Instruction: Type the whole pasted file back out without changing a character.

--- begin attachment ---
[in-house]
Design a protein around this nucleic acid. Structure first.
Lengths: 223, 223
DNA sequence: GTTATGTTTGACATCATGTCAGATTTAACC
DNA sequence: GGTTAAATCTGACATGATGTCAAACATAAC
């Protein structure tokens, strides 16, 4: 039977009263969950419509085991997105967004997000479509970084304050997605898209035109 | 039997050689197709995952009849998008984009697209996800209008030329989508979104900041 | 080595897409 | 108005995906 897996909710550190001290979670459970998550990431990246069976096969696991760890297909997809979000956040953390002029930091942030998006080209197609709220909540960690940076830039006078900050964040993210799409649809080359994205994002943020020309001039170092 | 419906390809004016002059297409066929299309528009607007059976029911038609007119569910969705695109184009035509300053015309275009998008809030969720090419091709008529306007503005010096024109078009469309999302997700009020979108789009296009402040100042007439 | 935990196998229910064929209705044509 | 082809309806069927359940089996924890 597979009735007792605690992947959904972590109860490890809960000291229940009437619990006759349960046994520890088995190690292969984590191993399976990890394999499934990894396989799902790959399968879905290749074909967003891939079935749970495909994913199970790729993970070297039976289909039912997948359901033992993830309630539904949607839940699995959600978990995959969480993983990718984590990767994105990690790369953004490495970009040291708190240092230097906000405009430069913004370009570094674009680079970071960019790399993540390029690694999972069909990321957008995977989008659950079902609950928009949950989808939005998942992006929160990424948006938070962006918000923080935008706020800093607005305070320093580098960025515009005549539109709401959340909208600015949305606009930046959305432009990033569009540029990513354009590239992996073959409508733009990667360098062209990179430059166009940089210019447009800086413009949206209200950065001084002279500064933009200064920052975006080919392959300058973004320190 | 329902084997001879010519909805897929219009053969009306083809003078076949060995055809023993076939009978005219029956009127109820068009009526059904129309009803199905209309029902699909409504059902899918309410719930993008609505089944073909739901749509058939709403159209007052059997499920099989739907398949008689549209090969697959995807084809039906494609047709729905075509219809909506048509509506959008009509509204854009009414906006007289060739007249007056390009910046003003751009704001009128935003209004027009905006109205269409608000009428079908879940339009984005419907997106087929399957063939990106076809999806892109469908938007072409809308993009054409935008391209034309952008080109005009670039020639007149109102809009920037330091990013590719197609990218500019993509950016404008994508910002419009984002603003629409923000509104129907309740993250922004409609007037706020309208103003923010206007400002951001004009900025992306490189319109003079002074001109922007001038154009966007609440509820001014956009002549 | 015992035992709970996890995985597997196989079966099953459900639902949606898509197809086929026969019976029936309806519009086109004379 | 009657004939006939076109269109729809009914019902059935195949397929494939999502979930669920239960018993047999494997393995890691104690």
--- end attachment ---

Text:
[in-house]
Design a protein around this nucleic acid. Structure first.
Lengths: 223, 223
DNA sequence: GTTATGTTTGACATCATGTCAGATTTAACC
DNA sequence: GGTTAAATCTGACATGATGTCAAACATAAC
């Protein structure tokens, strides 16, 4: 039977009263969950419509085991997105967004997000479509970084304050997605898209035109 | 039997050689197709995952009849998008984009697209996800209008030329989508979104900041 | 080595897409 | 108005995906 897996909710550190001290979670459970998550990431990246069976096969696991760890297909997809979000956040953390002029930091942030998006080209197609709220909540960690940076830039006078900050964040993210799409649809080359994205994002943020020309001039170092 | 419906390809004016002059297409066929299309528009607007059976029911038609007119569910969705695109184009035509300053015309275009998008809030969720090419091709008529306007503005010096024109078009469309999302997700009020979108789009296009402040100042007439 | 935990196998229910064929209705044509 | 082809309806069927359940089996924890 597979009735007792605690992947959904972590109860490890809960000291229940009437619990006759349960046994520890088995190690292969984590191993399976990890394999499934990894396989799902790959399968879905290749074909967003891939079935749970495909994913199970790729993970070297039976289909039912997948359901033992993830309630539904949607839940699995959600978990995959969480993983990718984590990767994105990690790369953004490495970009040291708190240092230097906000405009430069913004370009570094674009680079970071960019790399993540390029690694999972069909990321957008995977989008659950079902609950928009949950989808939005998942992006929160990424948006938070962006918000923080935008706020800093607005305070320093580098960025515009005549539109709401959340909208600015949305606009930046959305432009990033569009540029990513354009590239992996073959409508733009990667360098062209990179430059166009940089210019447009800086413009949206209200950065001084002279500064933009200064920052975006080919392959300058973004320190 | 329902084997001879010519909805897929219009053969009306083809003078076949060995055809023993076939009978005219029956009127109820068009009526059904129309009803199905209309029902699909409504059902899918309410719930993008609505089944073909739901749509058939709403159209007052059997499920099989739907398949008689549209090969697959995807084809039906494609047709729905075509219809909506048509509506959008009509509204854009009414906006007289060739007249007056390009910046003003751009704001009128935003209004027009905006109205269409608000009428079908879940339009984005419907997106087929399957063939990106076809999806892109469908938007072409809308993009054409935008391209034309952008080109005009670039020639007149109102809009920037330091990013590719197609990218500019993509950016404008994508910002419009984002603003629409923000509104129907309740993250922004409609007037706020309208103003923010206007400002951001004009900025992306490189319109003079002074001109922007001038154009966007609440509820001014956009002549 | 015992035992709970996890995985597997196989079966099953459900639902949606898509197809086929026969019976029936309806519009086109004379 | 009657004939006939076109269109729809009914019902059935195949397929494939999502979930669920239960018993047999494997393995890691104690």